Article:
TOP

After-Sex Emotions: Why Men and Women Cry

By admin/ August 16, 2019 / 990

Sex and a Few Things You Should Know About It

While sex has been proven to have a lot of body benefits like reduction in pain, strengthening of the immune system, and makes it easier for you to sleep, it can also lead to an unexpected turn of events. After sex, you might find yourself feeling like sad and emotional possibly to the point of crying. This sad and emotional state is known as Post-Coital Dysphoria (PCD).

“…an experience of negative feelings after an otherwise satisfactory sexual experience.”

Post-coital dysphoria is the experience of negative feelings after an otherwise satisfactory sexual experience. The gust of emotion can occur for as little as a few minutes or more than two hours long…and contrary to popular opinions, it is not limited to the female gender. Yes, you heard me right. Men also experience post-coital dysphoria.

Women have traditionally been labeled the emotionally-dependent and insecure ones in relationships but studies have proven that assertion to be wrong because it revealed that women are not the only ones that experience PCD after sex and that men are prone to experiencing post-sex depression as women are.  

It should, however, be noted that it is not uncommon for people to be emotional or feel a wave of sadness immediately after sex despite the immense pleasure that usually accompanies an explosive orgasm.

A lot of people assume there is always normalcy in the bedroom but the possibility of an array of responses in the period immediately after consensual sexual activities has largely been overlooked. Robert Schweitzer, a professor at QUT calls this period of time, the resolution phase.

While researchers are yet to prove what exactly causes PCD, past researches have shown that half of the women have at some point in their life displayed signs of PCD. Research further claims that some women are repeat offenders. Modern studies, however, have provided evidence that shows that men also experience PCD.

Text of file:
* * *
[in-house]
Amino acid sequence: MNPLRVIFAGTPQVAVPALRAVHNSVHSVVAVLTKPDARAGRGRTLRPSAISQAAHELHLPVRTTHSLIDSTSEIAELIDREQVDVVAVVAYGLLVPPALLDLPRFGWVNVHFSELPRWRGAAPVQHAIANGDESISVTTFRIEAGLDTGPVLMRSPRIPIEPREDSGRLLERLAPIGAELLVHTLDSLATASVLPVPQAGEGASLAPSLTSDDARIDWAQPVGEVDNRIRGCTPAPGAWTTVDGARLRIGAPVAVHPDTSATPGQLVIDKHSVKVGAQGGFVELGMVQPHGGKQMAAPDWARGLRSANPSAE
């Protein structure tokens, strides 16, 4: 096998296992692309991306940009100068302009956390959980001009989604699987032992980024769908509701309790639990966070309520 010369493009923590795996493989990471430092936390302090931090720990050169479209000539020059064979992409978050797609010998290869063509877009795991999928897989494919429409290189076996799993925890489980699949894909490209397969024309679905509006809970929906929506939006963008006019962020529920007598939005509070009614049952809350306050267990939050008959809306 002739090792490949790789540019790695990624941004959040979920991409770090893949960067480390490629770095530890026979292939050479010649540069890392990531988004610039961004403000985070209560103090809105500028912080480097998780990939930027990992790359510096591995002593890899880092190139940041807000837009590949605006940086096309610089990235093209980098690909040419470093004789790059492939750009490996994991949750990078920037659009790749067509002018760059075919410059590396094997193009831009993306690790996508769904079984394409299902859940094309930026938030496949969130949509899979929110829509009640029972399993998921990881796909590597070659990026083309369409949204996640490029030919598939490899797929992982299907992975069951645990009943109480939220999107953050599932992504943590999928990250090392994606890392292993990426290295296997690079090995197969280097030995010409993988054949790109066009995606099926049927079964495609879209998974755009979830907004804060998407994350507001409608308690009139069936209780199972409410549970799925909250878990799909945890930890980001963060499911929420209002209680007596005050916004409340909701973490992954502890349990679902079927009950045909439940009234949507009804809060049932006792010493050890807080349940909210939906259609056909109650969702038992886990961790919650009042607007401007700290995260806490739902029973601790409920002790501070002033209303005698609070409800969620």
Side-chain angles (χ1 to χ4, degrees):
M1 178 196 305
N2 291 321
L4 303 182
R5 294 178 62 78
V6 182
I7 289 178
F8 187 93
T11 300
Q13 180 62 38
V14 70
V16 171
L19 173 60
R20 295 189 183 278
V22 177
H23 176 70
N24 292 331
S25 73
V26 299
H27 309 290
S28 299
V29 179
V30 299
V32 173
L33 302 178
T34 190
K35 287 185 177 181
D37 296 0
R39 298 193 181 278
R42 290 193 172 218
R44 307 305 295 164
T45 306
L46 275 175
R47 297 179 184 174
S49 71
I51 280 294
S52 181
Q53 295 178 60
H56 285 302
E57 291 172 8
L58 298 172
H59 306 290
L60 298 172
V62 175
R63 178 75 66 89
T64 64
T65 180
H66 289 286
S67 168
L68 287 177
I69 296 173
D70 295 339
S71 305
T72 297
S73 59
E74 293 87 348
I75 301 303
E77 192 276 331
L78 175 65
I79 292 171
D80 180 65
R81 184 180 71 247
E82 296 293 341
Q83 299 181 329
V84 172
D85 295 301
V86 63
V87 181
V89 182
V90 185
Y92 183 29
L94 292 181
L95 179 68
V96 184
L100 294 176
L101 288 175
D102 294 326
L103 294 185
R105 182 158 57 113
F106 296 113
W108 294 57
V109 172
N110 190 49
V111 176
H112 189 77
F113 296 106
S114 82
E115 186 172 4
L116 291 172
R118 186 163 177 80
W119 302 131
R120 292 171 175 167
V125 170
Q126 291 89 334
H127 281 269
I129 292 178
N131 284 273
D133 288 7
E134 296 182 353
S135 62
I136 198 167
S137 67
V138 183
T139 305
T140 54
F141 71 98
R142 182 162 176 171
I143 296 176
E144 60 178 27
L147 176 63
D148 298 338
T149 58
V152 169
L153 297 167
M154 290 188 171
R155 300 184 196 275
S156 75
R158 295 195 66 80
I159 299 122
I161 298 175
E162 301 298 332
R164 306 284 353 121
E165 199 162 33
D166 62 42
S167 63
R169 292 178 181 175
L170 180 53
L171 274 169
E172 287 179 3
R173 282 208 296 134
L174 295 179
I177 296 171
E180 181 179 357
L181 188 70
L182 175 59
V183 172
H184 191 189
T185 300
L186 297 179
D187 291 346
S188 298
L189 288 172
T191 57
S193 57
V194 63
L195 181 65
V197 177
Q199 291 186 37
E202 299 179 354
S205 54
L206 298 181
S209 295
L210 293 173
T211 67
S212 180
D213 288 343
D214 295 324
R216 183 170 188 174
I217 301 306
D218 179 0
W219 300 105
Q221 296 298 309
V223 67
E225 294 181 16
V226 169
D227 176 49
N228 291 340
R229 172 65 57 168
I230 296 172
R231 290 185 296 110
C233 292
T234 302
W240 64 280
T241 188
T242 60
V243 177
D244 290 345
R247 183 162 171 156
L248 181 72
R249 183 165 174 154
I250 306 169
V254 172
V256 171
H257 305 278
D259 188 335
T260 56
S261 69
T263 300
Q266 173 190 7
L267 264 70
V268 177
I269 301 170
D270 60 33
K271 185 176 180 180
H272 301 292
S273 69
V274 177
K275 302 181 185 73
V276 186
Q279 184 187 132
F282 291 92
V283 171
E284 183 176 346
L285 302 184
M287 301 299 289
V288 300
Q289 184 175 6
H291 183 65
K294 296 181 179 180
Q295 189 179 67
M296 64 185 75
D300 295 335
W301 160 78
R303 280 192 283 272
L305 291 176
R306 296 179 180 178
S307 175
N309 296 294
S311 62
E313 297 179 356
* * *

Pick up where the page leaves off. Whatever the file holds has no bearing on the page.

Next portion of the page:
Sex-related Mistakes People Make

April Masini, a relationship expert opined that people experience post-coital dysphoria because they feel their relationship may only be sexual in nature and they wanted more. They try to leverage sex into love and they end up misreading the post-coital gestures of their partners. They end up longing for the ‘I love you,’ and the ‘I want to see you tonight,’ which leaves them shattered when it not uttered by their partners. 

“…a lack of orgasm”

Sex psychologist, Nicole Prause, believes, however, that low testosterone levels coupled with a lack of orgasm are responsible for PCD. In most cases, communication after sex is non-existent and this could lead to a sense of loss of self-worth in vulnerable individuals.

However, Masini advises that people shouldn’t make too much out of their partner’s actions because everyone reacts differently to sex. A partner might be occupied with the thoughts of marriage immediately after a mind-blowing sexual experience while this action is misread by a partner as a lack of affection of feelings for the relationship. In summary, she advises against making assumptions.

How to Handle Post-Coital Dysphoria

  • Develop a healthy after-sex ritual: The dominant partner, in this case, offers gentleness, affection, and support.
  • Track your experiences: Try as much as possible to find and avoid PCD-related patterns in your sexual relationships.
  • Communicate with your partner: If you know PCD is a common occurrence for you or your partner, communicating with and keeping your partner in the loop about what is going on in your life will help ease unnecessary tensions.
  • Don’t be afraid to ask for help: If you are too ashamed to talk to your partner about whatever might be going on, seeking out a trusted friend or therapist might help you through this phase.
  • Be gentle with yourself: Allow yourself to feel whatever you need to feel after sex. Hopefully, your partner with time gets used to it. You can even try writing them down to help you put things in perspective.

Our picture partners